Massage for Couples
Where: Fauquier Health Wellness Center
When: 6 to 8 p.m.
Cost: $55
Registration: 540-216-2640

Tuesday, October 1
Where: Fauquier Health Wellness Center
When: 1 to 4 p.m.
Cost: Free
Registration: 540-316-2652

Wednesday, October 2
Community Lecture
Where: Fauquier Hospital Sycamore Room
When: 7 p.m.
Details: “Conquering Urinary Frequency and Urgency,” with Dr. Kristin Williams, neurologist

Thursday, October 3 & 4
AARP Driver Safety Program
Where: Fauquier Hospital Sycamore Room
When: 9 a.m. to 1 p.m.
Cost: $12 AARP members & $14 for non-members
Details: Participants must attend both sessions

Friday, August 23, 2013

Providing Some Perpective for the Consumer Reports Hospital Rankings



Consumer Reports recently completed hospital rankings for surgeries, and Fauquier Hospital’s ranking was below average. We at Fauquier Health take patient safety and quality very seriously. We strive to improve on a daily and perpetual basis, and advocate transparency through quality and patient safety data. All patients should have access to these relevant data and use all available tools at their disposal to assist them in making the right health care decisions.

We do feel that the methodology of the Consumer Reports rankings may have been flawed. For instance, the HCAHPS surveys used in their rankings considers data from 2009-2011 – and some data is from 2006-2008. By comparison, the most recent HCAHPS numbers (available on the Hospital Compare website) have Fauquier Hospital consistently at or above national averages.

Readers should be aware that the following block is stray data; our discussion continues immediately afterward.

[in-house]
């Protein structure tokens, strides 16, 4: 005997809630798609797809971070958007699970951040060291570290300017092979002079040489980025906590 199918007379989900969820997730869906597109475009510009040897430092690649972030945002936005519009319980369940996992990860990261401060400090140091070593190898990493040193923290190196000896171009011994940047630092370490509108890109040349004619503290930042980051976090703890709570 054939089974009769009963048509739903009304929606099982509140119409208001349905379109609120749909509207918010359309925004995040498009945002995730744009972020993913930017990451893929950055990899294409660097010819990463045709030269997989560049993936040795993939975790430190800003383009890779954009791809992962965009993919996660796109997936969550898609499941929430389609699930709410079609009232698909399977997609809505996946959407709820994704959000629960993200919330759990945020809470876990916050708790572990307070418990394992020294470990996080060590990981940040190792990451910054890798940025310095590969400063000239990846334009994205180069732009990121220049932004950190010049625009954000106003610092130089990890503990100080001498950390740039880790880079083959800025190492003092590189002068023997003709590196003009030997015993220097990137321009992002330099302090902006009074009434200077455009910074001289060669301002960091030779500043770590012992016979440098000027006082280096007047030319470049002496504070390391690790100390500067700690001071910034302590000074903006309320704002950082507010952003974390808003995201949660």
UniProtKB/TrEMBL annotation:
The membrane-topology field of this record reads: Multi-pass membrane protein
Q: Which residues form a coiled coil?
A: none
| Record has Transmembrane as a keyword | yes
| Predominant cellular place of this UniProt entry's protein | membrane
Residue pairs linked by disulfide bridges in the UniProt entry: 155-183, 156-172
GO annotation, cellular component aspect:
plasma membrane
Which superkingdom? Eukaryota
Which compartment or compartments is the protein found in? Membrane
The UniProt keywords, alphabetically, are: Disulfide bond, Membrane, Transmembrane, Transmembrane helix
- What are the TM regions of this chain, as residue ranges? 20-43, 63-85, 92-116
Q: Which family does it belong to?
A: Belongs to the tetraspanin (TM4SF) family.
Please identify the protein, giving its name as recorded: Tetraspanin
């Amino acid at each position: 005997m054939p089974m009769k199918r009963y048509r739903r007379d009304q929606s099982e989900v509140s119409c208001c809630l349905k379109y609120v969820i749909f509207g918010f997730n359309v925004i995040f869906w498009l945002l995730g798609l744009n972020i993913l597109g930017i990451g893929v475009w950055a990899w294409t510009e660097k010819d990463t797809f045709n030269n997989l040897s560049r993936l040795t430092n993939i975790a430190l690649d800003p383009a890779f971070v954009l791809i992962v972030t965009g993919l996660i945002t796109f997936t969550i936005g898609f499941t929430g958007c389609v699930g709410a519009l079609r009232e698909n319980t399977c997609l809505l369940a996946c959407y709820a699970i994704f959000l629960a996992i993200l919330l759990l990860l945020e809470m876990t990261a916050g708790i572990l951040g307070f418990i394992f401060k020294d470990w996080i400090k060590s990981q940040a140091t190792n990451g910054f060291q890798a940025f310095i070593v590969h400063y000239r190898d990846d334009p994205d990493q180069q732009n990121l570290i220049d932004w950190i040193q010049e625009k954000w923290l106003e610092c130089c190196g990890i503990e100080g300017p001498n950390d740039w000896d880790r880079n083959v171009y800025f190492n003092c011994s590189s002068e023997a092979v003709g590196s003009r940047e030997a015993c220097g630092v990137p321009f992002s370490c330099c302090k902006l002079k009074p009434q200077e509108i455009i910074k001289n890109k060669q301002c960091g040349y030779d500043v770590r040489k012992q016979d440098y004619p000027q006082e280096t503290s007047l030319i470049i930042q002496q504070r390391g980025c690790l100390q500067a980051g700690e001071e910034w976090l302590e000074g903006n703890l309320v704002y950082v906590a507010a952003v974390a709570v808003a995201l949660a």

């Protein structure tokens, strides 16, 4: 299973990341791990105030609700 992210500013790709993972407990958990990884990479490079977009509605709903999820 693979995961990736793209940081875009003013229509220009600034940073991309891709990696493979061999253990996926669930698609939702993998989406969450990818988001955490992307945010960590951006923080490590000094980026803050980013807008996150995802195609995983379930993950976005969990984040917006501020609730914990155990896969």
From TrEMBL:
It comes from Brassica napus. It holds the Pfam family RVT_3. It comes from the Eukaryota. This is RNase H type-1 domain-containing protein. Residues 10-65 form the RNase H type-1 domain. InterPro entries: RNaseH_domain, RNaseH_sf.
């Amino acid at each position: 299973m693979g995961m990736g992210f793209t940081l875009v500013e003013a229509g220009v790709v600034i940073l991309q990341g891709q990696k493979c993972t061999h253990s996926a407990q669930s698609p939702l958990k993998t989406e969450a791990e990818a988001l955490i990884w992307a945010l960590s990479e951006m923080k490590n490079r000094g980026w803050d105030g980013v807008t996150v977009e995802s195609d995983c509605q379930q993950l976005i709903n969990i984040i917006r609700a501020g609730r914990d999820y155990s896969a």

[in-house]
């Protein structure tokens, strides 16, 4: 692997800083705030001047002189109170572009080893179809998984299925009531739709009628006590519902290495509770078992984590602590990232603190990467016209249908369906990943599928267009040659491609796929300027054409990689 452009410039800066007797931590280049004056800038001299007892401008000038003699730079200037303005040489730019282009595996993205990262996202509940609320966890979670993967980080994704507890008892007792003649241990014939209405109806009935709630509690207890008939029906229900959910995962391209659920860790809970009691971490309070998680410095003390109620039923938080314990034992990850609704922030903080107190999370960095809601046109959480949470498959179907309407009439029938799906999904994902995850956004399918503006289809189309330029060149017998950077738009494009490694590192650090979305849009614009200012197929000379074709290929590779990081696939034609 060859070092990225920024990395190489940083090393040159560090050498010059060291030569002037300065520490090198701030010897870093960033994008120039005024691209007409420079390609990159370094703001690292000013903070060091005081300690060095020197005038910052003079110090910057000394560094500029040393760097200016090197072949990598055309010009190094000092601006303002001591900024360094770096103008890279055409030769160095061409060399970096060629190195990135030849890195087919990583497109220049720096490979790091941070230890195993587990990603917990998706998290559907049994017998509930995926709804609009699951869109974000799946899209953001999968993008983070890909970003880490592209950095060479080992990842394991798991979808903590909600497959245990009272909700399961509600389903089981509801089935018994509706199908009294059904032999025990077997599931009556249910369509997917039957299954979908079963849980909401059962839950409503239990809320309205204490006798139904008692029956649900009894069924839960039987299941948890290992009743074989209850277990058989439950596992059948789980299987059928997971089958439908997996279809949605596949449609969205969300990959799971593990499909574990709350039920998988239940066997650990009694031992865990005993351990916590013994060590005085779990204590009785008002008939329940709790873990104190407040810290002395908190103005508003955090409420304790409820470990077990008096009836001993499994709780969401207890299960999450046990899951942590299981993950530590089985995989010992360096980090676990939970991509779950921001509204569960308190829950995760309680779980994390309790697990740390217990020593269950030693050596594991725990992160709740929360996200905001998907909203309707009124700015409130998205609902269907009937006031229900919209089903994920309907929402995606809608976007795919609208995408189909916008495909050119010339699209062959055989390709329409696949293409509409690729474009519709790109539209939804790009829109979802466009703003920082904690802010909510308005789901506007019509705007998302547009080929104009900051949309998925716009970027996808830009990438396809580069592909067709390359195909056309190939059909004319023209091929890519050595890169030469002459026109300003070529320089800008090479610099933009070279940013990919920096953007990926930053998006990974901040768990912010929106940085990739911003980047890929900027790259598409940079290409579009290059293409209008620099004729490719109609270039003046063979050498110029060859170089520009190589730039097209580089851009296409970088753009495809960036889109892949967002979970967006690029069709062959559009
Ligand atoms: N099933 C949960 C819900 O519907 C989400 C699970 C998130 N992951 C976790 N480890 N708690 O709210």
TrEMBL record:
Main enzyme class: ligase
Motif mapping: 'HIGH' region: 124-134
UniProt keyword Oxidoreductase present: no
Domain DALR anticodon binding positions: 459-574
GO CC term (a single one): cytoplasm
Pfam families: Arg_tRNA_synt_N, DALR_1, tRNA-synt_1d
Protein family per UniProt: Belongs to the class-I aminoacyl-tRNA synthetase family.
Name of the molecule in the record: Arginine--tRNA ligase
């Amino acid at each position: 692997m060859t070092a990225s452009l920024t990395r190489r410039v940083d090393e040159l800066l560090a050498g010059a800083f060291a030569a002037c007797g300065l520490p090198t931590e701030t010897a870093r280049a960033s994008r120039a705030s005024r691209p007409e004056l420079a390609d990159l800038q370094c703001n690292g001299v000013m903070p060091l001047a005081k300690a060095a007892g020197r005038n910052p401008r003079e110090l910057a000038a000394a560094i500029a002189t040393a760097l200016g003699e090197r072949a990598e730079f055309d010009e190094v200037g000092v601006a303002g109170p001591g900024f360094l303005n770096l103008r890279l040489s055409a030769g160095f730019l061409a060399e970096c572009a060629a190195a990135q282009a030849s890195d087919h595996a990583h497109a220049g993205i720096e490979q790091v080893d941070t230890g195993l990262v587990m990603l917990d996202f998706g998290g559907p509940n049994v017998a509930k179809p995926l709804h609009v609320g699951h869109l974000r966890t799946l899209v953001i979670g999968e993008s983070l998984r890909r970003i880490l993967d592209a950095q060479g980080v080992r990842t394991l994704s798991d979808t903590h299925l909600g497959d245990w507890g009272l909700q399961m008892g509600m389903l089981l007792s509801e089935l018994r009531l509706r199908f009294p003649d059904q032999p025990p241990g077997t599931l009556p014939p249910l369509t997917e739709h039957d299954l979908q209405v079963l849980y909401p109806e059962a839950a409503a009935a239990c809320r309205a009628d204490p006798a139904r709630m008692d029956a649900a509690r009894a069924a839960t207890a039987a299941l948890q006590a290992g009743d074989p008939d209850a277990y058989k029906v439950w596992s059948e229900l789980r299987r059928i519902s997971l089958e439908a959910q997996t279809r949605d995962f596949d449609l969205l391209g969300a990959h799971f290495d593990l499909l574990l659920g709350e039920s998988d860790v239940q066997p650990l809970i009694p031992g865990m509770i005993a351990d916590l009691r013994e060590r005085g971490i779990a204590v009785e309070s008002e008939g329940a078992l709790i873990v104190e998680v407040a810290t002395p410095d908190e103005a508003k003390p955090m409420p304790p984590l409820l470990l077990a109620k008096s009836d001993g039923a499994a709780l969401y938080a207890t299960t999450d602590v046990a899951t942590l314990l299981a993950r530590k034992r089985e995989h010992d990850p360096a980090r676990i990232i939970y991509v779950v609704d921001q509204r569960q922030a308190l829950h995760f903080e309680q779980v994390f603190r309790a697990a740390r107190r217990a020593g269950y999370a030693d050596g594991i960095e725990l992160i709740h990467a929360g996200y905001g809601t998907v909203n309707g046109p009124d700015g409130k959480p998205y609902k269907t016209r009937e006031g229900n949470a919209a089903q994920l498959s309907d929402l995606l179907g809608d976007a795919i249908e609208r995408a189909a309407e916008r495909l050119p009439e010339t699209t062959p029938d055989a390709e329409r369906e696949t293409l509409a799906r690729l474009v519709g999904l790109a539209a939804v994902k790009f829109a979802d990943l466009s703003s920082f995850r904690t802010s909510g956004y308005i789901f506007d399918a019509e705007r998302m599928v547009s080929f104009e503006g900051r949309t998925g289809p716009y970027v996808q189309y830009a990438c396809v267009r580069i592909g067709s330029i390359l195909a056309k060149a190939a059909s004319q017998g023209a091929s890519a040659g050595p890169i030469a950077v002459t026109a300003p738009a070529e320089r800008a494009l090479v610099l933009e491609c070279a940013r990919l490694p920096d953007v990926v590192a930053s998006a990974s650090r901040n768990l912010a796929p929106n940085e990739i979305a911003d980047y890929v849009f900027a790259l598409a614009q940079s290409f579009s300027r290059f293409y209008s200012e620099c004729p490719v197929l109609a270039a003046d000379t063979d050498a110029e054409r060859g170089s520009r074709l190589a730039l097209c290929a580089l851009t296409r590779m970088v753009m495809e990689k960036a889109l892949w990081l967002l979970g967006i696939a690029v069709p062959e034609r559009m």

Points to Consider in Consumer Reports’ Methodology

  • Consumer Reports gave Fauquier Hospital a low ranking for infections; in fact, we have not had a single hospital ICU-based infection since July of 2012. This is a statistic that any hospital would be proud to report. 
  • Consumer Reports used a definition of length of stay not in line with current standards. In fact, our current length of stay statistics – according to the standard CMS definition -- are actually lower than the expected length of stay for the groups studied.
  • Like most other hospitals, in 2012, we started to place an increased focus on preventing readmissions, and our current statistics – according to Hospital Compare -- are in line with state and national averages.